Marietta schools to use $2.5M grant to improve childhood literacy

Marietta High School media specialist Laura Gary-Michel (left) helps Henry Watson connect to his virtual learning class at the Emily Lembeck Learning Center in Marietta on Aug. 5, 2020. The learning center is part of the Marietta City Schools district. (ALYSSA POINTER / ALYSSA.POINTER@AJC.COM)
Caption
Marietta High School media specialist Laura Gary-Michel (left) helps Henry Watson connect to his virtual learning class at the Emily Lembeck Learning Center in Marietta on Aug. 5, 2020. The learning center is part of the Marietta City Schools district. (ALYSSA POINTER / ALYSSA.POINTER@AJC.COM)

Credit: ALYSSA.POINTER@AJC.COM

Marietta City Schools will lead a community-wide initiative to help every child in the city be a proficient reader by the end of third grade.

The school system will use a $2.5 million grant to implement the Literacy and Justice for All initiative. The grant will provide resources to educate parents, teachers and other stakeholders about healthy brain development and the science that shows the benefits of reading to children at an early age, Marietta City Schools said in its news release.

Funding is also set aside to provide training for prekindergarten teachers. Marietta City Schools Superintendent Grant Rivera said the project is unique because it goes beyond the classroom to inform parents and other caretakers the importance of reading.

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The district’s plan is to provide the same opportunities to children who aren’t reading on grade level as those who are reading in the 99th percentile of their peers, the superintendent said in an interview with The Atlanta Journal-Constitution.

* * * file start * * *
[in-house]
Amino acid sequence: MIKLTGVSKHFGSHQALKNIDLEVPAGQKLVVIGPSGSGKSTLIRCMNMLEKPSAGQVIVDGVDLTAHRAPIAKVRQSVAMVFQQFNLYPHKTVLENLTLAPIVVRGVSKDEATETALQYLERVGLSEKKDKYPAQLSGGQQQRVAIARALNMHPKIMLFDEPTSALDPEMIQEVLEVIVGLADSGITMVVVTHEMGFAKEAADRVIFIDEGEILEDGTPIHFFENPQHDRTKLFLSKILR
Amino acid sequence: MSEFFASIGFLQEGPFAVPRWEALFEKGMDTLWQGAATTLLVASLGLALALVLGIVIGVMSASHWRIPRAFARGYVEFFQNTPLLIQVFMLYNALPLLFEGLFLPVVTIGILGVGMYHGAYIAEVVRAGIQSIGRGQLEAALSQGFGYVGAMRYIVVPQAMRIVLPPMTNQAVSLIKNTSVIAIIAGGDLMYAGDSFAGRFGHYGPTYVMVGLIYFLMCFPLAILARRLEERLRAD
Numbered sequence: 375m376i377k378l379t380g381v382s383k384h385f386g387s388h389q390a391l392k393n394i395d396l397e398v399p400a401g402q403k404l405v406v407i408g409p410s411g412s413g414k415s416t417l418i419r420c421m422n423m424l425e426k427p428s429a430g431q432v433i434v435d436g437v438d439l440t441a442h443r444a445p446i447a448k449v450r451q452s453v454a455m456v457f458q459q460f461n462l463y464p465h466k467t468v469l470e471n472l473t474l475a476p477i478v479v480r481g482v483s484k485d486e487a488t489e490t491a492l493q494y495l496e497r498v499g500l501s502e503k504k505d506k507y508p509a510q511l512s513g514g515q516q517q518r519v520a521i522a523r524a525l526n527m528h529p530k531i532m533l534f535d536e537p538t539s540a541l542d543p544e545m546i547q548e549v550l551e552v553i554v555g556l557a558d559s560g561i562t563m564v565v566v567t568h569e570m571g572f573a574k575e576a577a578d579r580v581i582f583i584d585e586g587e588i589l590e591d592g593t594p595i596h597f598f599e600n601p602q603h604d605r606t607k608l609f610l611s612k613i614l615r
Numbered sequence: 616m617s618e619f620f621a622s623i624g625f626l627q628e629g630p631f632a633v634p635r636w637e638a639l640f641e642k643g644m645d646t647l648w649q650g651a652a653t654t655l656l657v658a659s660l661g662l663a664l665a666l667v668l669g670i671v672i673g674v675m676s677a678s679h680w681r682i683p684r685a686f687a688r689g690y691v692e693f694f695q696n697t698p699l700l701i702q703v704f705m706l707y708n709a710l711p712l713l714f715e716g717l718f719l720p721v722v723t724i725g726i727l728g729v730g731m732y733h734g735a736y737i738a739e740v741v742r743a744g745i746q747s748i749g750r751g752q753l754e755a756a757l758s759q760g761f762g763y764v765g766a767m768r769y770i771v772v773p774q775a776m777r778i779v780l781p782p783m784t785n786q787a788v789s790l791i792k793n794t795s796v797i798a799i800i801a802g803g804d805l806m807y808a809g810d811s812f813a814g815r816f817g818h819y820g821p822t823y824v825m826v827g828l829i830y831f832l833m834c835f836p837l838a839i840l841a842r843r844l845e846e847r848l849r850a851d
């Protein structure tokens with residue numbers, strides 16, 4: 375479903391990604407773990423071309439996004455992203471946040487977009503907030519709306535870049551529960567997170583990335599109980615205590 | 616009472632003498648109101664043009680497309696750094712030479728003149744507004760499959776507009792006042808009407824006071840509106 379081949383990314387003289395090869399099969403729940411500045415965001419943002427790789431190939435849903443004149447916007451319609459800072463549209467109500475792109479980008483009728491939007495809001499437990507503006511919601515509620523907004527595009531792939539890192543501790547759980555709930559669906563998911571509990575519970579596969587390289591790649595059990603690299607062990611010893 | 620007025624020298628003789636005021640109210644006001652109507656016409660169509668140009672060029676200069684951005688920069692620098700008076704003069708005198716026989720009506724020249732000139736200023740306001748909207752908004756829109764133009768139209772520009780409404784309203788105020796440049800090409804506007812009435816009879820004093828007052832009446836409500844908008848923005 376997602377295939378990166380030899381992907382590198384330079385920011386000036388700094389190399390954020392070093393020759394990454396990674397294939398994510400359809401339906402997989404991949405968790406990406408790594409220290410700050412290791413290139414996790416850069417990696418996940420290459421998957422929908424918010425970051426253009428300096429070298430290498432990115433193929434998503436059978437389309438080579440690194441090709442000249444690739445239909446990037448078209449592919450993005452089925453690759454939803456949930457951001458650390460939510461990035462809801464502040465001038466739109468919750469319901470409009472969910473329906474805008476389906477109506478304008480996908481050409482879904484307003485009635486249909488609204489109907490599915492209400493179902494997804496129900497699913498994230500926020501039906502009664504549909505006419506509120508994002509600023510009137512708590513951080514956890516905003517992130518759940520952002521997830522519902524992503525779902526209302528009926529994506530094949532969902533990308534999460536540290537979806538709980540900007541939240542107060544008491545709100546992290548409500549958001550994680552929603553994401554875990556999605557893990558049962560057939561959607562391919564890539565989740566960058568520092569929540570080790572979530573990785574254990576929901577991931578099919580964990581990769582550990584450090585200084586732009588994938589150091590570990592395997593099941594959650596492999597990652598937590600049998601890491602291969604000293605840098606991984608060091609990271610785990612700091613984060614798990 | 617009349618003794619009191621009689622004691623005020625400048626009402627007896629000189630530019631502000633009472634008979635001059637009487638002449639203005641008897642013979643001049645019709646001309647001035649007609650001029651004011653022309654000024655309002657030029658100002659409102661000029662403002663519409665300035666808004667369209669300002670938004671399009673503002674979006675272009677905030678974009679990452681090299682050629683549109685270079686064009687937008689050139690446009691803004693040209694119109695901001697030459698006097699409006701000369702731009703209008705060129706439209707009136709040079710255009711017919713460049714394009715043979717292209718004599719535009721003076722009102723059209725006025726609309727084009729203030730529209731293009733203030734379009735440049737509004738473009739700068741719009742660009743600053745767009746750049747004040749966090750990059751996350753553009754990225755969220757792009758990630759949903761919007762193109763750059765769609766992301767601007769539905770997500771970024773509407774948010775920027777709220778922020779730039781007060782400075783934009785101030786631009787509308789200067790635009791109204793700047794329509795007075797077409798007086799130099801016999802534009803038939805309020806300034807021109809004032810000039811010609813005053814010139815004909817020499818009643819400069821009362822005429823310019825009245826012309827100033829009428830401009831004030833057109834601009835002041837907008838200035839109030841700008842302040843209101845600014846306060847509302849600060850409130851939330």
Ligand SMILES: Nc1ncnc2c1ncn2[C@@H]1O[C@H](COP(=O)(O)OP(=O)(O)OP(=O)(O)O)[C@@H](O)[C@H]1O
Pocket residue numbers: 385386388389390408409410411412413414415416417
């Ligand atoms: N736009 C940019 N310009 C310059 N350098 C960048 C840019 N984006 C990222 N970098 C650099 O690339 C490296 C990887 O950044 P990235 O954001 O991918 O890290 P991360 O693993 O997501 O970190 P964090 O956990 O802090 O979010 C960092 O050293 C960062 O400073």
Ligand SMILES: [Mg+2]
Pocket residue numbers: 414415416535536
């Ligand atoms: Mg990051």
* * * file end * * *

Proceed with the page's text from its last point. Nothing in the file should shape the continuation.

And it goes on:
“Our belief is that this is not K through 3 initiative,” said Rivera, referring to four elementary school grade levels. “This initiative is for the entire city.”

The grant will also provide resources to invest in new ideas and expand successful ones, the district’s news release said.

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The funding is allocated by United Way with support from the Joseph B. Whitehead Foundation. Other partners include the city of Marietta, Atlanta Speech School’s Rollins Center for Language and Literacy, Learn4Life, Cobb Collaborative, Quality Care for Children and Kennesaw State University.

Marietta Mayor Steve “Thunder” Tumlin, quoted in the news release, said the city is committed to the success of the project.

The program “will bring opportunities for these young minds to reach new levels of education,” he said.